Why IEBC has printed ballot papers for only 10 counties

The cargo was received on Saturday evening at the JKIA.

The Etihad flight ferrying the cargo touched down at 8.30 pm carrying ballot papers for counties far from Nairobi, majorly in the Northern part of Kenya to avoid possible delays, the commission said.

The ballot papers received would be used in the 10 counties and others would be dispatched for voters in the diaspora.

The counties which are set to receive the ballot papers earlier include: Marsabit, Wajir, Isiolo, Mandera, Garissa, Samburu, Turkana and Laikipia.

The commission told journalists that the second and more bulky batch will be received on Monday despite the uncertainty of a repeat poll taking place. The cargo will contain ballot papers for 22 counties.

The third and final batch of the consignment for 15 counties will arrive on Tuesday at 10 am.

All tranches of the poll material are accompanied with KIEMS forms and the Polls Results Management (PRM) checklist, a new feature.

The papers have been printed by Dubai-based Al Ghurair Security and Printing Company.

IEBC officials said security features on all the papers have been enhanced to guard against forgeries.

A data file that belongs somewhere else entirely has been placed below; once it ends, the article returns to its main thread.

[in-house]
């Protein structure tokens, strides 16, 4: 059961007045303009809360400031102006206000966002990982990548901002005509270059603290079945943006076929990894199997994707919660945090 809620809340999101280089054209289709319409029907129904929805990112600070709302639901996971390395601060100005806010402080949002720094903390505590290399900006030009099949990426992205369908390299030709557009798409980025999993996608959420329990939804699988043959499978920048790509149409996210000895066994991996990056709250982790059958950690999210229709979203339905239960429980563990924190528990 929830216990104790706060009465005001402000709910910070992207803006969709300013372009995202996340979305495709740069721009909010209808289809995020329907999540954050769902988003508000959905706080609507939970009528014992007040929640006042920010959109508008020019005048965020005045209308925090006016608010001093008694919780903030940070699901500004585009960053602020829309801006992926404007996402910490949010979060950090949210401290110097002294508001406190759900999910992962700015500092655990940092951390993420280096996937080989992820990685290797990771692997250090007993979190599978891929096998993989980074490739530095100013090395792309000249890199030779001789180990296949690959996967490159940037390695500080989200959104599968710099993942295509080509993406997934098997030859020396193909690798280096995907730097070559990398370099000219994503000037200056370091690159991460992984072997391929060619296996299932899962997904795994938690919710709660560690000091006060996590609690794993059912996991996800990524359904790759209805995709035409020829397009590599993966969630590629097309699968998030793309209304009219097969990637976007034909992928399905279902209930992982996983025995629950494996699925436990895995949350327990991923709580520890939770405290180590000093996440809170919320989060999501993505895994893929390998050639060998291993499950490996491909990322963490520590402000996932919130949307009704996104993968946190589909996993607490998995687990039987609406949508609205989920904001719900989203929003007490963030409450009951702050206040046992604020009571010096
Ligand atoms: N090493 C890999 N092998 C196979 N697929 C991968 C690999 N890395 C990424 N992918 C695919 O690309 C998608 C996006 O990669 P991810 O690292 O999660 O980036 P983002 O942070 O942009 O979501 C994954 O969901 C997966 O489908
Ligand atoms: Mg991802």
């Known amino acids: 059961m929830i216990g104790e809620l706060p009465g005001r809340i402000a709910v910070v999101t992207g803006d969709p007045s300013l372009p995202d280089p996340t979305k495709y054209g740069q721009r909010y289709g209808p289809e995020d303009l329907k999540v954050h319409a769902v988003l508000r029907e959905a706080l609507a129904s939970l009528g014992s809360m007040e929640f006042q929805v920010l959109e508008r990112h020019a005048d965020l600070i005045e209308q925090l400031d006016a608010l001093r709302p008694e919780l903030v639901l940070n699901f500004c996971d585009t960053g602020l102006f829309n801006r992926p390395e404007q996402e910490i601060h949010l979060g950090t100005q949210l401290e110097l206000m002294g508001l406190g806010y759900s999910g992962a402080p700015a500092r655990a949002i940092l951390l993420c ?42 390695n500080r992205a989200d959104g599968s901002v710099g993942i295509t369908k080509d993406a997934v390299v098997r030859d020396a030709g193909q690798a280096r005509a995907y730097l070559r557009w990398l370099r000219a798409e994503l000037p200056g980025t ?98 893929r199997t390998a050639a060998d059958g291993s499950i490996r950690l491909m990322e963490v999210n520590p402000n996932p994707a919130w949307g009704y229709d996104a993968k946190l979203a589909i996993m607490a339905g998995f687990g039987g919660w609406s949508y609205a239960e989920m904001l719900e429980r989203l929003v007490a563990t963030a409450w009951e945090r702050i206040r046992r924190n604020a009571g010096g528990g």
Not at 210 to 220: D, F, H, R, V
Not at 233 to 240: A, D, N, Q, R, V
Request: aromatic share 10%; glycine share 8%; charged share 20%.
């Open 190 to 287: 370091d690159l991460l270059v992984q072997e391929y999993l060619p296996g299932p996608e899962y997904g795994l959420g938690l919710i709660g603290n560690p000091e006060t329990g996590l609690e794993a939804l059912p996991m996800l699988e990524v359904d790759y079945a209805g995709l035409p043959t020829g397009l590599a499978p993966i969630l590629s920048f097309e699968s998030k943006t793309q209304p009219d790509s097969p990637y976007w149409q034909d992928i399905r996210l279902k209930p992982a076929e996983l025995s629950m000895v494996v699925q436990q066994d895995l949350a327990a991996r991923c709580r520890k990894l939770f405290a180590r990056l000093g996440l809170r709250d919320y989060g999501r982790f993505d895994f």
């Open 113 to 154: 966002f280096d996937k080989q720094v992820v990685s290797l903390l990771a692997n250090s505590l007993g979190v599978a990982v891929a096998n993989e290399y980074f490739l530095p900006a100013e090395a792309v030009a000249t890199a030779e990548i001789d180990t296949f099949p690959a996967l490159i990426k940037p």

This includes the inclusion of bar-codes on all the ballot papers and the PRM checklists.

The PRM checklists are where Returning Officers will note down the number of agents present, those who signed the results forms and those who failed to sign and why.

The paper material has also been improved to ensure scanning churns out clear copies prior to transmission.

All forms 34A also contain the name of the specific polling station where they are supposed to be used.

This means a form meant for a particular polling station cannot be used to record election results in a different polling station without raising eye-brows.

During its September 1 ruling that nullified the August 8 presidential election, Supreme Court judges noted that some forms 34A were forgeries, were never signed or appeared to be carbon copies of the originals. Some were also found to have no bar codes and water marks.


Eyewitness? Submit your stories now via social or:

Email: news@pulselive.co.ke